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1. Introduction2. Background and Evidence3. Military Culture and Warrior Ethos4. Guiding Principles of Adaptive Disclosure5. Assessment, Case Conceptualization, and Treatment Planning6. Beginning Adaptive Disclosure: Session 17. The Exposure Component: Active Treatment Sessions 2 to 78. Breakout Components for Loss and Moral Injury: Active Treatment Sessions 2 to 79. Ending Treatment and Planning for the Future10. Using Adaptive Disclosure when Prior Complex Trauma is PresentAppendix 1. Diversity of Military Missions, Organizations, and RelationshipsAppendix 2. The Meaning and Implication of Key EventsAppendix 3. Calming and Attention Focusing TechniquesReferencesIndex
Brett T. Litz, PhD, is Professor in the Departments of Psychiatry and Psychology at Boston University and Director of the Mental Health Core of the Massachusetts Veterans Epidemiological Research and Information Center at the VA Boston Healthcare System. He is also Assessment Core Director of the STRONG STAR Consortium and the Consortium to Alleviate PTSD. Dr. Litz focuses on evaluating the mental health outcomes associated with military deployments across the lifespan, with an emphasis on early intervention and treatments for combat and operational trauma, loss, and moral injury.Leslie Lebowitz, PhD, is a clinical psychologist in private practice in Newton Center, Massachusetts. She consults extensively in forensic contexts and provides training in the area of trauma in both community and military settings. Dr. Lebowitz developed the psychological portion of the curriculum for training Air Force Sexual Assault Response Coordinators and continues to do biannual training for the Air Force. Her research focuses on the psychological meaning of trauma and the implications for treatment. Previous research examined the aftermath of sexual violence, and more recent work addresses traumatic loss and moral injury.Matt J. Gray, PhD, is Professor of Psychology at the University of Wyoming. His research focuses on treatment development for broad emotional and psychological impacts of combat, as well as prevention and treatment of sexual violence and intimate partner violence. Dr. Gray has published numerous articles in peer-reviewed journals. He has received the Extraordinary Merit in Research Award and the Outstanding Psychology Faculty Member Award on multiple occasions from the University of Wyoming.William P. Nash, MD, is Director of Psychological Health for the U.S. Marine Corps. While on active duty in the Navy, Dr. Nash was deployed to Iraq with Marines of the 1st Marine Division during the Second Battle of Fallujah. His current interests focus on the prevention, recognition, and treatment of combat and operational stress injuries, including moral injury. He is coeditor of Combat Stress Injuries: Theory, Research, and Management and founding chair of the Military Committee of the Group for the Advancement of Psychiatry.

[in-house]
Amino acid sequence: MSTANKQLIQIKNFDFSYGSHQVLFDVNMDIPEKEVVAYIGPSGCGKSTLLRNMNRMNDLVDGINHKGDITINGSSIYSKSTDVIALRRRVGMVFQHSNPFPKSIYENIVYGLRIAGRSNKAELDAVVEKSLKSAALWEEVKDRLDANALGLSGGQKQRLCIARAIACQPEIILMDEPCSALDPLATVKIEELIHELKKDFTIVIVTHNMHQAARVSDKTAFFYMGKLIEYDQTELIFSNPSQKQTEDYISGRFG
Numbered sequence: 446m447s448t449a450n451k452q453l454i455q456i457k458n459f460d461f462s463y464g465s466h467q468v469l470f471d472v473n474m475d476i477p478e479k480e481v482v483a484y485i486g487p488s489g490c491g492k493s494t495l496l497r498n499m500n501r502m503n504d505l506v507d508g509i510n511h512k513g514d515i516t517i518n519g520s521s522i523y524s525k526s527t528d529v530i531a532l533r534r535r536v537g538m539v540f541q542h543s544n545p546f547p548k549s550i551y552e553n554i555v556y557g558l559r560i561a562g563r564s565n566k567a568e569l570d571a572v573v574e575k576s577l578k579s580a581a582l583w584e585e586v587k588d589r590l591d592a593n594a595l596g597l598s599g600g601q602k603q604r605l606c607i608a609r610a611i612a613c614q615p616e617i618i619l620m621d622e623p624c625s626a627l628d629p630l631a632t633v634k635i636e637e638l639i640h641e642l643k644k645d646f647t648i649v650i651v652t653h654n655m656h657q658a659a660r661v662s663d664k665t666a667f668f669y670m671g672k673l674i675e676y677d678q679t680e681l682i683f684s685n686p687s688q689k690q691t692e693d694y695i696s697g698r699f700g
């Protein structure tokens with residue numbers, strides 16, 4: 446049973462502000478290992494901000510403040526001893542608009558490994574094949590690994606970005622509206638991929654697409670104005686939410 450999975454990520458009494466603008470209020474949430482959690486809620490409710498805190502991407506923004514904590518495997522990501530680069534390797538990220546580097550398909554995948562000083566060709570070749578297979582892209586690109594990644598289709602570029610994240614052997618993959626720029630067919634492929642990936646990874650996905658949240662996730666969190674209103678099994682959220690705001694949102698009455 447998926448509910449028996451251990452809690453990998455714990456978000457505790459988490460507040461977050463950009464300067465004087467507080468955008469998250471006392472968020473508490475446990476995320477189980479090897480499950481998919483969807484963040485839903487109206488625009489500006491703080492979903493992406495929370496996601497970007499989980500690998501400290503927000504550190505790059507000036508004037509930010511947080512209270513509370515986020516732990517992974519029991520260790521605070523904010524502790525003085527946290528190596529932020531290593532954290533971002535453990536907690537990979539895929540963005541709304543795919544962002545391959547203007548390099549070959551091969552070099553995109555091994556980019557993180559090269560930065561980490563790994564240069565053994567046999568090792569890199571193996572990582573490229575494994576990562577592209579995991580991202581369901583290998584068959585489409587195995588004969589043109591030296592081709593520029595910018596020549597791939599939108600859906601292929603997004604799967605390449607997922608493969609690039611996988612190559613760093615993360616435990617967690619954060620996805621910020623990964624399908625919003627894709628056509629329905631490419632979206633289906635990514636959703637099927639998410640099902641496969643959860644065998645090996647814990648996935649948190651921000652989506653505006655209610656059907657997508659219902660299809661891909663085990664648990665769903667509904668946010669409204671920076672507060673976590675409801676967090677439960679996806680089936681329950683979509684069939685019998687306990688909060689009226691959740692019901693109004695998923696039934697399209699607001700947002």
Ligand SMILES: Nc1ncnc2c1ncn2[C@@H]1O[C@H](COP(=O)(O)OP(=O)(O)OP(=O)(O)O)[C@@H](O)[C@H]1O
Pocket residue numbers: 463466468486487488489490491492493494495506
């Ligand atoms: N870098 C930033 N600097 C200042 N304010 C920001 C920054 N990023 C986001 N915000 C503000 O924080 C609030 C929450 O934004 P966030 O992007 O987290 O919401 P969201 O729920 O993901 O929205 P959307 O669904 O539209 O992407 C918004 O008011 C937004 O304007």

"Adaptive disclosure approaches the treatment of war-related trauma from a perspective that distinguishes it from other types of trauma, which will revolutionize the treatment of PTSD in the military. The authors consider aspects of trauma that are too frequently ignored: grief and loss and moral injury. Litz, Lebowitz, Gray, and Nash are to be commended for taking us to the next level of caring for our service members and veterans."--Carl A. Castro, PhD, School of Social Work, University of Southern California; Colonel, U.S. Army (Retired)"Based on decades of clinical experience and scientific exploration, adaptive disclosure represents a novel approach to treatment. So few approaches exist for managing combat-related PTSD, making this book a welcome contribution. Adaptive disclosure holds great promise in its focus on a central problem for many military personnel: difficulty divulging the depths of the conflicts that emerge following traumatic experiences of war. Therapists of all disciplines will benefit from the compelling rationale and model of care presented here."--Terence M. Keane, PhD, National Center for PTSD, VA Boston Healthcare System, and Boston University School of Medicine"The approach in this manual will advance our understanding and treatment of PTSD in military personnel and veterans. Litz et al. provide detailed direction to help clinicians identify key clinical issues and themes, including experiences of moral injury and traumatic loss. The book offers thoughtful and accessible guidance for implementing interventions to facilitate more complete healing and recovery. This invaluable resource is a 'must' for any clinician working with this population."--David Forbes, PhD, Professor, Department of Psychiatry, University of Melbourne; Director, Phoenix Australia--Centre for Posttraumatic Mental Health"This unique book presents a highly innovative and clinically wise approach to addressing the three harms--traumatic loss, life threat, and moral injury--that often continue to trouble our returning veterans. It offers detailed language with which to introduce and explain the many difficult clinical issues related to moral injury and loss, systematizes some of the secrets used by expert clinicians, and provides valuable education about military culture. The book will help all mental health treatment providers--whether trainees or seasoned clinicians--to better navigate the most difficult aspects of care."--Josef I. Ruzek, PhD, Director, Dissemination and Training Division, National Center for PTSD, VA Palo Alto Health Care System